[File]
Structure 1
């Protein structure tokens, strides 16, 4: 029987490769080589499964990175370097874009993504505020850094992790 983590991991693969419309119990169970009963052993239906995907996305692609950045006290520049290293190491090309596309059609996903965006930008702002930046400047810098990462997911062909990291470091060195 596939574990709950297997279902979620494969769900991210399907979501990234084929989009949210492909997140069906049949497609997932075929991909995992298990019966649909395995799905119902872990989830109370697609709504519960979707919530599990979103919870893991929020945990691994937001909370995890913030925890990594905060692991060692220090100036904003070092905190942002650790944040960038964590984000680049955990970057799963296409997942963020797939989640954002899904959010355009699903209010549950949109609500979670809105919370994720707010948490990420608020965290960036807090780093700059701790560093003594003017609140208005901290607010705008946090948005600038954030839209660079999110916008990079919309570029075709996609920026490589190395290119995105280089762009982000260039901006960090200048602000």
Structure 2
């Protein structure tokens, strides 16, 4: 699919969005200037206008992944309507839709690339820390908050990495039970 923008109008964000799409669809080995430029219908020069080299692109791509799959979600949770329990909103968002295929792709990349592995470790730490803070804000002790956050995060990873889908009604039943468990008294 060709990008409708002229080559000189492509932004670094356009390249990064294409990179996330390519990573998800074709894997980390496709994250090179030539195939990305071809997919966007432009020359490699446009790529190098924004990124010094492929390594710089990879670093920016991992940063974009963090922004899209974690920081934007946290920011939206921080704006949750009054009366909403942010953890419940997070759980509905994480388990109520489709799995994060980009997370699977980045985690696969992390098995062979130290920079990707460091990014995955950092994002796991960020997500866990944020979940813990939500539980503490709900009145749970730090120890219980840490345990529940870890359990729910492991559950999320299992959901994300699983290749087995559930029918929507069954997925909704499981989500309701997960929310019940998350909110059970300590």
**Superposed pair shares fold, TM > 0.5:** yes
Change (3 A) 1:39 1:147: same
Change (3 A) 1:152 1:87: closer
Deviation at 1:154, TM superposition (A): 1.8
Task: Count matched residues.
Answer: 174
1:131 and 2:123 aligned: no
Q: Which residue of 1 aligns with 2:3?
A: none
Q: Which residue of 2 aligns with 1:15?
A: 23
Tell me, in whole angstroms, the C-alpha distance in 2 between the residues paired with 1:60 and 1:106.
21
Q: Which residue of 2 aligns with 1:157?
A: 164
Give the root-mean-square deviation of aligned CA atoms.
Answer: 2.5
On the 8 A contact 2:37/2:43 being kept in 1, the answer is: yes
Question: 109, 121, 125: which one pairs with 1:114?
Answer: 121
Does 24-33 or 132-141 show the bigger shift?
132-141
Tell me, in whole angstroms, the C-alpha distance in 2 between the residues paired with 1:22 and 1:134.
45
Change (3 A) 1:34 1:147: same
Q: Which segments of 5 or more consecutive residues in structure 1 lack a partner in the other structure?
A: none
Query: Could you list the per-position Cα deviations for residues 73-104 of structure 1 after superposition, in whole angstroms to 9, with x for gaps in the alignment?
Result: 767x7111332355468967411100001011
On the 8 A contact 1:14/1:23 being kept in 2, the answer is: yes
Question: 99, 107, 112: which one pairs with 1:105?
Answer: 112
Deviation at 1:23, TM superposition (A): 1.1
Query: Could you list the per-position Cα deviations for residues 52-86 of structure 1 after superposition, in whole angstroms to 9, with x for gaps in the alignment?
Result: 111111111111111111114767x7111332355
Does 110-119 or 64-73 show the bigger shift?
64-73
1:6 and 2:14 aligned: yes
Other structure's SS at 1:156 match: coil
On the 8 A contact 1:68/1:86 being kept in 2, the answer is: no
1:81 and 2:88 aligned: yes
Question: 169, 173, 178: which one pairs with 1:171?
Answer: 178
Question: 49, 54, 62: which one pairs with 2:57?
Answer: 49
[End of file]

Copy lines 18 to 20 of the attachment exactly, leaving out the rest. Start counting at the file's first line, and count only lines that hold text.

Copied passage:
Q: Which residue of 2 aligns with 1:157?
A: 164
Give the root-mean-square deviation of aligned CA atoms.